What’s been talked about for weeks should soon become official – Nova Scotians will go the polls sometime in August for the province’s 41th general election.
Premier Iain Rankin will be visiting Nova Scotia Lt-Gov. Arthur J. LeBlanc on Saturday at 9:45 a.m., where he will ask for the legislature to be dissolved — kicking what will be a roughly a one-month campaign.
The rumoured date for the summer election is Aug. 17.
Rankin will be speaking to media after visiting with LeBlanc.
Summer-election speculation has been swirling for weeks, with Rankin and the governing Liberals making almost daily funding announcements since late June. The parties have also had their candidates canvassing neighbourhoods in the gear-up to an election call everyone seemed to know was coming.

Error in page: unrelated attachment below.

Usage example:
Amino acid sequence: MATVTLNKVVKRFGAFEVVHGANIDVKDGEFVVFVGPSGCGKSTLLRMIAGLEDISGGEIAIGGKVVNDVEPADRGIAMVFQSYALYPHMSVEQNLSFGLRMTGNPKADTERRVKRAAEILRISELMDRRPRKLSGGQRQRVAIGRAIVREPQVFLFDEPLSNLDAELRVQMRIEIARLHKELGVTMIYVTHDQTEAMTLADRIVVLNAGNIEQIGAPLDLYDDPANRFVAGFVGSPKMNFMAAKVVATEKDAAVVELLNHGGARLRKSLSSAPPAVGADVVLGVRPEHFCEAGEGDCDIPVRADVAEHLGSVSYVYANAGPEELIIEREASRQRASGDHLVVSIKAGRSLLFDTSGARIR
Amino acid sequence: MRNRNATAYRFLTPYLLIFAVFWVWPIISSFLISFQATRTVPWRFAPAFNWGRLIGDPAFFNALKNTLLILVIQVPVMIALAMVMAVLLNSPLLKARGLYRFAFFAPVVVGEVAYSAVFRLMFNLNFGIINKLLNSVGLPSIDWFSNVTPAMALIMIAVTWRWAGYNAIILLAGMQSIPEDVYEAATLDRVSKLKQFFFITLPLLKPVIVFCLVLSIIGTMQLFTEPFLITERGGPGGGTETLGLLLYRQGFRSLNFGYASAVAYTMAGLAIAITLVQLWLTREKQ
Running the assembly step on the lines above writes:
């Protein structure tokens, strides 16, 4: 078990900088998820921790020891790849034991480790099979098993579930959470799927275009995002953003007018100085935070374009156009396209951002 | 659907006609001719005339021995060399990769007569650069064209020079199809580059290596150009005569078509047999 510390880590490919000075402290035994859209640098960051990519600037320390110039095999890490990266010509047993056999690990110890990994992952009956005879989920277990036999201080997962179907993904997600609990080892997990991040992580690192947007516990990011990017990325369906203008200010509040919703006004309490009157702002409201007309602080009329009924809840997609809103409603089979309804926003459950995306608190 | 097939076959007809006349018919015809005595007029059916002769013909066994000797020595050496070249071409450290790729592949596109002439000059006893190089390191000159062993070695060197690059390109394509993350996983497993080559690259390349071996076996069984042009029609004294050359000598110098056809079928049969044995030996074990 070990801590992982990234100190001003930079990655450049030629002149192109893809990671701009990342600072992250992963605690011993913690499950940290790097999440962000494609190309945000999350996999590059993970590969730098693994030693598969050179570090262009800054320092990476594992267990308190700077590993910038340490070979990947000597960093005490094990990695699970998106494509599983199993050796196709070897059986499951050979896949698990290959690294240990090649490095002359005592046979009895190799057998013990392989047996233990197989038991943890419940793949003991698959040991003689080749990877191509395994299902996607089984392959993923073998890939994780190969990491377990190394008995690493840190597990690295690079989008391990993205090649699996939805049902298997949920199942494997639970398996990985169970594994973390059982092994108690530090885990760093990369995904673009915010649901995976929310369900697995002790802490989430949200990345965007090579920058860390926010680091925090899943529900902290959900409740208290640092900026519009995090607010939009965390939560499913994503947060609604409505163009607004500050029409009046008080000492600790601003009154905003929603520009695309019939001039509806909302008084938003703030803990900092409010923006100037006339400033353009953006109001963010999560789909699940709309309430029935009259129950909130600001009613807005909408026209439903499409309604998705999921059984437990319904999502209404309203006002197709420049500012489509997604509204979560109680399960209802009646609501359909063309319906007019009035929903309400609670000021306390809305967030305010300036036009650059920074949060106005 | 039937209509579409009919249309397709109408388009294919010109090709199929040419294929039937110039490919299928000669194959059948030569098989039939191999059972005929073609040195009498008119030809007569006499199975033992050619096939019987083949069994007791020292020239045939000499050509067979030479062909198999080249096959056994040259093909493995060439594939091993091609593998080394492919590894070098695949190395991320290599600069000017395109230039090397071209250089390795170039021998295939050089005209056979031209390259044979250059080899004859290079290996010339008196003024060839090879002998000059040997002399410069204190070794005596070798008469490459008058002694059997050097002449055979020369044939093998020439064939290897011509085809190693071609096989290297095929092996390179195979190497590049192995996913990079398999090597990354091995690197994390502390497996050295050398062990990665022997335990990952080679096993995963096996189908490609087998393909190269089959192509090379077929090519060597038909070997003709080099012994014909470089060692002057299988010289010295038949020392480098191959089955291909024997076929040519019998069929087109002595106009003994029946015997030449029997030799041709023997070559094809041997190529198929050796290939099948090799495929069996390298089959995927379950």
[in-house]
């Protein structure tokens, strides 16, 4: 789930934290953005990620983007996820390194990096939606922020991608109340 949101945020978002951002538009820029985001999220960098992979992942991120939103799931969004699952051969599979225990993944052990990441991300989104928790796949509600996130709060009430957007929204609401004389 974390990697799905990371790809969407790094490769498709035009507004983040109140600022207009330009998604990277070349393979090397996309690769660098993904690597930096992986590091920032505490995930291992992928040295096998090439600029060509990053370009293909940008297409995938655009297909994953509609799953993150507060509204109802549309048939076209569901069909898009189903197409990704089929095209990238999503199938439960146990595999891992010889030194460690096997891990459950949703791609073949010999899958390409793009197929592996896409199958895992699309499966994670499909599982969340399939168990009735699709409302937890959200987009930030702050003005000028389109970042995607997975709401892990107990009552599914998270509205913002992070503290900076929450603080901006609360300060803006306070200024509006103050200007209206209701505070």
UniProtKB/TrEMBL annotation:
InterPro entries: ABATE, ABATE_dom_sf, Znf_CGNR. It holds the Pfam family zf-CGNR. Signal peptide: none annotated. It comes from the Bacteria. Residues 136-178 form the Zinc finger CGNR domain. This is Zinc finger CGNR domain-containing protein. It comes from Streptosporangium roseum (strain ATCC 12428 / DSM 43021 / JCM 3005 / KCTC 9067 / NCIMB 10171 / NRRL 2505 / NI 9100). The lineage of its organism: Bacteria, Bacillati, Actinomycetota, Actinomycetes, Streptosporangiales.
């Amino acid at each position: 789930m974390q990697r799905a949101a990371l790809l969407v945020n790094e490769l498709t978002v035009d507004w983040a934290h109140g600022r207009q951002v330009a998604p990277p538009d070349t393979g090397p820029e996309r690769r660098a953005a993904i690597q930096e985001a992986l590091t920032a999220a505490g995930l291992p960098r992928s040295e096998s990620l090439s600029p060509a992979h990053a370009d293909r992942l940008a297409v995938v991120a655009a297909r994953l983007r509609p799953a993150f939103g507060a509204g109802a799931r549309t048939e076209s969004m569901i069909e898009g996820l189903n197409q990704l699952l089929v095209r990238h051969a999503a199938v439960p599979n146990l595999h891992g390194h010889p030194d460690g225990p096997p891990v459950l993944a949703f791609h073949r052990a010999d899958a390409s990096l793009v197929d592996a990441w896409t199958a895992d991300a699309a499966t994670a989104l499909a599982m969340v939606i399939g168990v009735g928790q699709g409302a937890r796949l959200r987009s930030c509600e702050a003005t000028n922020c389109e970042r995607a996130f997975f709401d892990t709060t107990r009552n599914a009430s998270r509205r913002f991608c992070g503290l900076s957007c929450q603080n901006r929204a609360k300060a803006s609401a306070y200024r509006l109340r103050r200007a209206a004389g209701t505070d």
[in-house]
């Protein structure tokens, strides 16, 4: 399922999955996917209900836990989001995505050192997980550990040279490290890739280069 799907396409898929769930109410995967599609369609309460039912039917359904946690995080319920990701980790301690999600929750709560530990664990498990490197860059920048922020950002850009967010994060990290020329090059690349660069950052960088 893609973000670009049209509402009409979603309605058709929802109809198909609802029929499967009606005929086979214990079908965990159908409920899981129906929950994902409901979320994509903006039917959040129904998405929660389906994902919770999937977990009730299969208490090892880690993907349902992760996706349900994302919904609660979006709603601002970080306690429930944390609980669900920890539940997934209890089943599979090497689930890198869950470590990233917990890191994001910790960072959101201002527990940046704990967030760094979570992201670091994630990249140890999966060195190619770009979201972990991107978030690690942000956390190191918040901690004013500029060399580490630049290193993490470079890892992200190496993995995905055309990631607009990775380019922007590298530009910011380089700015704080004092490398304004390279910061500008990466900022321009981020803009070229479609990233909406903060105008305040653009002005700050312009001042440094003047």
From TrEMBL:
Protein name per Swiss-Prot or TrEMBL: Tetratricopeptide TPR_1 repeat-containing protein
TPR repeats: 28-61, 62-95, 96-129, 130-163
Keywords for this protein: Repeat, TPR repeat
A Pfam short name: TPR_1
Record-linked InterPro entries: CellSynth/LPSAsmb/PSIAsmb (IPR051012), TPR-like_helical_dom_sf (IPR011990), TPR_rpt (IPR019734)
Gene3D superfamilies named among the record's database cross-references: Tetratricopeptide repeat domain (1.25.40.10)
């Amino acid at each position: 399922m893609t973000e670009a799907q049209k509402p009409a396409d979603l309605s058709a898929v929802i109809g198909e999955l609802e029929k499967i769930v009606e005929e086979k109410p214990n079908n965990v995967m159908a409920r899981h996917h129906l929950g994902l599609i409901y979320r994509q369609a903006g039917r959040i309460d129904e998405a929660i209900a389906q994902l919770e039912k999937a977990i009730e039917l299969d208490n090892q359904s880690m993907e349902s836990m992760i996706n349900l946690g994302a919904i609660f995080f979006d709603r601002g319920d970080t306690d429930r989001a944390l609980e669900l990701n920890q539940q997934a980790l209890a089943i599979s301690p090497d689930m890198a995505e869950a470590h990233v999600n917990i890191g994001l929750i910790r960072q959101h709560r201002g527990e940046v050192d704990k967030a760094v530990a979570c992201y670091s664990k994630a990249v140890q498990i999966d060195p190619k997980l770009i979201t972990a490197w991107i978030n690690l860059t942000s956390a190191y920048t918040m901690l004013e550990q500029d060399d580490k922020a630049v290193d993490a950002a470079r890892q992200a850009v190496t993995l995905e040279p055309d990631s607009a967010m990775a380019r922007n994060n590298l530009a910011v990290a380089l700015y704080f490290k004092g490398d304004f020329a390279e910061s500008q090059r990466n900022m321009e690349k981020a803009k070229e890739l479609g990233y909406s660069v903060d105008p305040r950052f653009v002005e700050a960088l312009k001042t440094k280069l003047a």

Nova Scotia is the only province without fixed election dates.
In the past election, the Liberals returned to the Province House with a majority mandate. It was the first time since 1988 that a party in Nova Scotia has achieved back-to-back majorities.
The Liberals won 27 of the seats, 17 were won by the Progressive Conservatives and seven were won by the NDP in 2017.
In May, the party was reduced to minority status following the resignation of veteran member and former cabinet minister Margaret Miller.
Tim Houston, the leader of the Progressive Conservatives, and NDP Leader Gary Burrill have been in campaign mode for weeks expecting the writ to soon drop.
There are 55 seats up for grabs in this election, 4 more than previously.
More to come.
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